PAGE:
How Much Water Does Your Business Use On Laundry?
Many businesses in the UK regularly have to put wash loads on, whether that’s chef whites and tea towels in a commercial kitchen, bed linen in a hotel or even towels at a gym or health club. If your business is one of those that washes on site, do you ever consider how much water you use on this activity each year?
Research conducted by YouGov on behalf of Oxwash, and shared by the Daily Mail, has revealed that Britain’s domestic properties alone use enough water doing laundry to completely drain Lake Windermere.
According to the sustainable laundry company’s calculations, domestic customers use an average of 50 litres of water per wash load. When scaled up to allow for the number of households in the UK and the average number of loads per house, it’s estimated that 360 billion litres of water is used each year on domestic washing.
This is more than enough to drain Lake Windermere, and more than 100 billion litres more water than is held in Ullswater, the second largest of the Lake District’s iconic bodies of water.
As a business, it’s important to consider your water usage for tasks like laundry, as this could be adding up considerably on your water bills, especially if you are washing more loads than you need to.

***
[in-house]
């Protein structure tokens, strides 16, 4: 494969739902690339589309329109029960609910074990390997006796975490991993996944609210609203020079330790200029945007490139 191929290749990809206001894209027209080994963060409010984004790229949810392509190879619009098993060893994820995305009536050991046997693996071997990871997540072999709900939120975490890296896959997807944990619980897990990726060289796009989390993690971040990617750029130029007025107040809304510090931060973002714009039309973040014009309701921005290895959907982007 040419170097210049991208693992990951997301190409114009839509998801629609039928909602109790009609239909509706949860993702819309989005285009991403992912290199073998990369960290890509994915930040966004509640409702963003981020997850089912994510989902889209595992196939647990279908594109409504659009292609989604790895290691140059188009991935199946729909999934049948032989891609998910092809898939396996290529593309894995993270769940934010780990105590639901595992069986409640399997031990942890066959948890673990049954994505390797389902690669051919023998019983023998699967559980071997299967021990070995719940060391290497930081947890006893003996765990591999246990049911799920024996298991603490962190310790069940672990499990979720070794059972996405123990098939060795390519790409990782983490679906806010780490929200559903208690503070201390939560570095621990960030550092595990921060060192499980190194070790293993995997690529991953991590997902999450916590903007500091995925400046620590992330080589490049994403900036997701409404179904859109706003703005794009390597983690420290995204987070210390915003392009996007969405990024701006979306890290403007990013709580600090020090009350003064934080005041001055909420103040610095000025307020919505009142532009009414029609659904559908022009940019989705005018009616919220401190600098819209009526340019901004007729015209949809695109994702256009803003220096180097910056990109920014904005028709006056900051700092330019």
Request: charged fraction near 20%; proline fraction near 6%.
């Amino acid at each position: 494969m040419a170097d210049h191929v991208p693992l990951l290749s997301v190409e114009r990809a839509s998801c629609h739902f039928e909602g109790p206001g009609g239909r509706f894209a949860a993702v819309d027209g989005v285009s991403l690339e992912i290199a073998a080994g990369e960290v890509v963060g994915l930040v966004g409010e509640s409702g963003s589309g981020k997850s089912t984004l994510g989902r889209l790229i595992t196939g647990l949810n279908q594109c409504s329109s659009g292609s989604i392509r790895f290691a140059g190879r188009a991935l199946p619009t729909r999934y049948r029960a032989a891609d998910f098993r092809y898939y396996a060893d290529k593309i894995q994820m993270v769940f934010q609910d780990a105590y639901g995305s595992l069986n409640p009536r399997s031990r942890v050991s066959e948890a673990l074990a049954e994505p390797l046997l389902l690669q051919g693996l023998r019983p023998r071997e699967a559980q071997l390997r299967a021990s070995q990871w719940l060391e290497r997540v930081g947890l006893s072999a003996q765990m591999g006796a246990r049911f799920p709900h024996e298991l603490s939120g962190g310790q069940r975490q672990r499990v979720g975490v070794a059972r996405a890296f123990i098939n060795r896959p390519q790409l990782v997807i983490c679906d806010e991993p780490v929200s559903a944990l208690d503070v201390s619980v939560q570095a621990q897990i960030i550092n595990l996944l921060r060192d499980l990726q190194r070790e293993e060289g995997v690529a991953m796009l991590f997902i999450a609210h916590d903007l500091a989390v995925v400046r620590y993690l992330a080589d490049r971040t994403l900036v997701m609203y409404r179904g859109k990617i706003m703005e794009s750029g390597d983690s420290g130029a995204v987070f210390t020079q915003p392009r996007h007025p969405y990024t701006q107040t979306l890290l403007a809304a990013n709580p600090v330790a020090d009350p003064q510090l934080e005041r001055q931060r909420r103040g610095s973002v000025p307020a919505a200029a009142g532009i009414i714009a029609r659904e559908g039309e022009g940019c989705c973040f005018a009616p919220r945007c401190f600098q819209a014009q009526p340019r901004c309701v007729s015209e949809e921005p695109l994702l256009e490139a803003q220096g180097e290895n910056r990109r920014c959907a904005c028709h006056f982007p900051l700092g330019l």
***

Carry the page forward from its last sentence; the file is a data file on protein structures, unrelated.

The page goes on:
For example, the Oxwash research found that if every household was charged on a water meter for its washing machine cycles, that would amount to a cost of £0.5 billion per year, based on a charge of 138.18p per cubic metre of water used.
Dr Kyle Grant, CEO at the company, commented: “If we are going to be more water aware and use it more wisely, it’s important to bring the hidden impact of daily water usage to the fore.”
One of the top tips from the organisation for anyone, whether a business or domestic water user, who wants to reduce their water usage on laundry is to check the water efficiency of your washing machine.
The newspaper explained that the water consumption information on a washing machine is at the bottom of the energy efficiency label and that this isn’t covered in its rating letter, which refers to its electricity usage.
It’s also important to carefully choose the wash cycle you’re using to make sure you’re not wasting water or energy. A blog for Oxwash recently offered advice for the temperature that you should wash different items at.
In a business setting, you’re predominantly likely to be using hot washes, as heavily soiled items (like chef whites) or anything that will be reused like towels or sheets, will need to be washed at 60 degrees C for maximum bacteria eradication.
It may also be worth talking to your staff to find out how often they’re putting items on to wash and whether they could be using an eco setting on your washing machine to save on water and energy if they aren’t putting full loads on each time.